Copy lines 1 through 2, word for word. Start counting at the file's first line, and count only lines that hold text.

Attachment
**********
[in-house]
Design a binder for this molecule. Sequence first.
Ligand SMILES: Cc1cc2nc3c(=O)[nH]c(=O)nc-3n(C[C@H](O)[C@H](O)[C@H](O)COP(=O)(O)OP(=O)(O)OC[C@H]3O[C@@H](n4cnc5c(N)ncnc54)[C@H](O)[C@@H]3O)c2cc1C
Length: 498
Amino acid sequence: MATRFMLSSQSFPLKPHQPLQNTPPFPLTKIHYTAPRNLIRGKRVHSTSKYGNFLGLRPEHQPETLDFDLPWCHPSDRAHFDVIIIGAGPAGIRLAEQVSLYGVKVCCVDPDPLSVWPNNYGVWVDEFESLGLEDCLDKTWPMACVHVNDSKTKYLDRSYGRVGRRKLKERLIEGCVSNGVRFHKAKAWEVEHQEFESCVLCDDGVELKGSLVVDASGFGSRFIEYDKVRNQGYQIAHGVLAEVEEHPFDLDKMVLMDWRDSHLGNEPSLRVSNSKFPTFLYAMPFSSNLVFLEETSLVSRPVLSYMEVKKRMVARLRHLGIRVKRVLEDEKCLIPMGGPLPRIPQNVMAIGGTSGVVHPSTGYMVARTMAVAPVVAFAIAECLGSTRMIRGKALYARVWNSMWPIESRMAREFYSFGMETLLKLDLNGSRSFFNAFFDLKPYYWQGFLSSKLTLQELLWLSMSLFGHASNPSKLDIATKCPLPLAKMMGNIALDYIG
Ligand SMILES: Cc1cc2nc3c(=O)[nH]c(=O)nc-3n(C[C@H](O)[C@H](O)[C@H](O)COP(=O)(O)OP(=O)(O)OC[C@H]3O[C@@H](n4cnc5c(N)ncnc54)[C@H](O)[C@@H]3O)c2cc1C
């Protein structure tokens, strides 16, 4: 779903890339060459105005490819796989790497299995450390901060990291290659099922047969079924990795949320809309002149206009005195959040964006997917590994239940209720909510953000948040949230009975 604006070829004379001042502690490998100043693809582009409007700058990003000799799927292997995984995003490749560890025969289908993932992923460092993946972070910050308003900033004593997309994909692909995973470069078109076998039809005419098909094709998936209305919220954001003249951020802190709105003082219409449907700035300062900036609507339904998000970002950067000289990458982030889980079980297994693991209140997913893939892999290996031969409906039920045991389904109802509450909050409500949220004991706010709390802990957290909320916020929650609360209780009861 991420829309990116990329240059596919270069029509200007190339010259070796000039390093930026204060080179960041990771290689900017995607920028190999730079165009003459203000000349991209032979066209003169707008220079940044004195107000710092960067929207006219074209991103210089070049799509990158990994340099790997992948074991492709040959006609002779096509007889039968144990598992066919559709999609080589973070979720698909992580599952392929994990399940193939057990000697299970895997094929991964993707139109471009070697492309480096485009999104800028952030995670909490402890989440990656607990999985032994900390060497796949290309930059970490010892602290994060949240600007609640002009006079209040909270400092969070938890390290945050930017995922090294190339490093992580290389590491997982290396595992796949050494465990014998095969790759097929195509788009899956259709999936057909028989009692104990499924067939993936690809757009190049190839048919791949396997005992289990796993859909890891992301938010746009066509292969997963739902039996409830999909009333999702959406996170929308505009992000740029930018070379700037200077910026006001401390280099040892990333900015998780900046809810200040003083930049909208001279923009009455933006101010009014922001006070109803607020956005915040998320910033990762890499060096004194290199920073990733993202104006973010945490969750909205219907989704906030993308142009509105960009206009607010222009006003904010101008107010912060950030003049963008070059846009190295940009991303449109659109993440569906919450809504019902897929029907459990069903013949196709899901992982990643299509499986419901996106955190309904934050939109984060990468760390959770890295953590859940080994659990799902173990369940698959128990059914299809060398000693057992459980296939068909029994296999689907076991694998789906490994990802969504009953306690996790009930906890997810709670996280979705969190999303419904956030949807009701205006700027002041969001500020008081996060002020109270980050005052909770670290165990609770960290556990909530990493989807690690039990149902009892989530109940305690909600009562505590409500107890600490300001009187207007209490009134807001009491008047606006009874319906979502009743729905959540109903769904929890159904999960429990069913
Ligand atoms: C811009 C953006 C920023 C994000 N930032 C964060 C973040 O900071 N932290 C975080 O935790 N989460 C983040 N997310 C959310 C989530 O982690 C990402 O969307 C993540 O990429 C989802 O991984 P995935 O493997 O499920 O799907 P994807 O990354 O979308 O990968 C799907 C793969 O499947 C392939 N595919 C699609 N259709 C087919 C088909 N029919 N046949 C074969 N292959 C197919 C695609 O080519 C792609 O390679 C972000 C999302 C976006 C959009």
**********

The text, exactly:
[in-house]
Design a binder for this molecule. Sequence first.